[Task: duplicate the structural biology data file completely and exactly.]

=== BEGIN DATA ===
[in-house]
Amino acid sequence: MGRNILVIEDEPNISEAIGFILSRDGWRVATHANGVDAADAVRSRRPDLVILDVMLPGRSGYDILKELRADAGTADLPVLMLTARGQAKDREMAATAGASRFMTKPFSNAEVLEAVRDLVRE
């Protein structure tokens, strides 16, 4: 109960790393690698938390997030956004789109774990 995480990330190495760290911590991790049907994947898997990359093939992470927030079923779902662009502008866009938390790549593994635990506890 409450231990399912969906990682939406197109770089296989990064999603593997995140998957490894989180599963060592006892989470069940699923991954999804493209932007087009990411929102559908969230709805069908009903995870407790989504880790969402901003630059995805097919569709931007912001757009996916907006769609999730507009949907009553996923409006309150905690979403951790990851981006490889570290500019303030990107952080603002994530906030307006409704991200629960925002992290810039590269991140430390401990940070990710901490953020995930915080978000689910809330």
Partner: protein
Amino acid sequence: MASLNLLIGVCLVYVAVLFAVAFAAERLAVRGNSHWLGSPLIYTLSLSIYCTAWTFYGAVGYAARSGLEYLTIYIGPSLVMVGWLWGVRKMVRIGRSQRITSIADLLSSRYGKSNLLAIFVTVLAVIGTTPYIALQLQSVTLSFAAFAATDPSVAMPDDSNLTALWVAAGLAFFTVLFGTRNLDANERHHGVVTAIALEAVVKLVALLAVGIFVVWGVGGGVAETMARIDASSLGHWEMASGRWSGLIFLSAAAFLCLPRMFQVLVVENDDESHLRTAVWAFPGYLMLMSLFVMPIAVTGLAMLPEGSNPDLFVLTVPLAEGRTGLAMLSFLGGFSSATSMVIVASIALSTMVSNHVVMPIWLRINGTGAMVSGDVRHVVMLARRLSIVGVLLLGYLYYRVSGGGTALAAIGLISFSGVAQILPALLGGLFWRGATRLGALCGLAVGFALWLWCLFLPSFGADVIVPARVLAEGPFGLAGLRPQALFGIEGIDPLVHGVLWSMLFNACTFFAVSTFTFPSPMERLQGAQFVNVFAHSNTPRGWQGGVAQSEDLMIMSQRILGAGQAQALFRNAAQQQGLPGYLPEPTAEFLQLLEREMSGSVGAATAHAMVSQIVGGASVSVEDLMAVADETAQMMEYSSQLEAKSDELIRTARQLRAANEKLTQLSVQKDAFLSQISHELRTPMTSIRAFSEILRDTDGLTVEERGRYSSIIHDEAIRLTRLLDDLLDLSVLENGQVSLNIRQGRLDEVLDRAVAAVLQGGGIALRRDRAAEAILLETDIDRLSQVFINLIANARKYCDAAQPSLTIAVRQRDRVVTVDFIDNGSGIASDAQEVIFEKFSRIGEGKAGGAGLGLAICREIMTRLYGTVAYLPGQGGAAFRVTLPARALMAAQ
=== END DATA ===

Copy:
[in-house]
Amino acid sequence: MGRNILVIEDEPNISEAIGFILSRDGWRVATHANGVDAADAVRSRRPDLVILDVMLPGRSGYDILKELRADAGTADLPVLMLTARGQAKDREMAATAGASRFMTKPFSNAEVLEAVRDLVRE
């Protein structure tokens, strides 16, 4: 109960790393690698938390997030956004789109774990 995480990330190495760290911590991790049907994947898997990359093939992470927030079923779902662009502008866009938390790549593994635990506890 409450231990399912969906990682939406197109770089296989990064999603593997995140998957490894989180599963060592006892989470069940699923991954999804493209932007087009990411929102559908969230709805069908009903995870407790989504880790969402901003630059995805097919569709931007912001757009996916907006769609999730507009949907009553996923409006309150905690979403951790990851981006490889570290500019303030990107952080603002994530906030307006409704991200629960925002992290810039590269991140430390401990940070990710901490953020995930915080978000689910809330």
Partner: protein
Amino acid sequence: MASLNLLIGVCLVYVAVLFAVAFAAERLAVRGNSHWLGSPLIYTLSLSIYCTAWTFYGAVGYAARSGLEYLTIYIGPSLVMVGWLWGVRKMVRIGRSQRITSIADLLSSRYGKSNLLAIFVTVLAVIGTTPYIALQLQSVTLSFAAFAATDPSVAMPDDSNLTALWVAAGLAFFTVLFGTRNLDANERHHGVVTAIALEAVVKLVALLAVGIFVVWGVGGGVAETMARIDASSLGHWEMASGRWSGLIFLSAAAFLCLPRMFQVLVVENDDESHLRTAVWAFPGYLMLMSLFVMPIAVTGLAMLPEGSNPDLFVLTVPLAEGRTGLAMLSFLGGFSSATSMVIVASIALSTMVSNHVVMPIWLRINGTGAMVSGDVRHVVMLARRLSIVGVLLLGYLYYRVSGGGTALAAIGLISFSGVAQILPALLGGLFWRGATRLGALCGLAVGFALWLWCLFLPSFGADVIVPARVLAEGPFGLAGLRPQALFGIEGIDPLVHGVLWSMLFNACTFFAVSTFTFPSPMERLQGAQFVNVFAHSNTPRGWQGGVAQSEDLMIMSQRILGAGQAQALFRNAAQQQGLPGYLPEPTAEFLQLLEREMSGSVGAATAHAMVSQIVGGASVSVEDLMAVADETAQMMEYSSQLEAKSDELIRTARQLRAANEKLTQLSVQKDAFLSQISHELRTPMTSIRAFSEILRDTDGLTVEERGRYSSIIHDEAIRLTRLLDDLLDLSVLENGQVSLNIRQGRLDEVLDRAVAAVLQGGGIALRRDRAAEAILLETDIDRLSQVFINLIANARKYCDAAQPSLTIAVRQRDRVVTVDFIDNGSGIASDAQEVIFEKFSRIGEGKAGGAGLGLAICREIMTRLYGTVAYLPGQGGAAFRVTLPARALMAAQ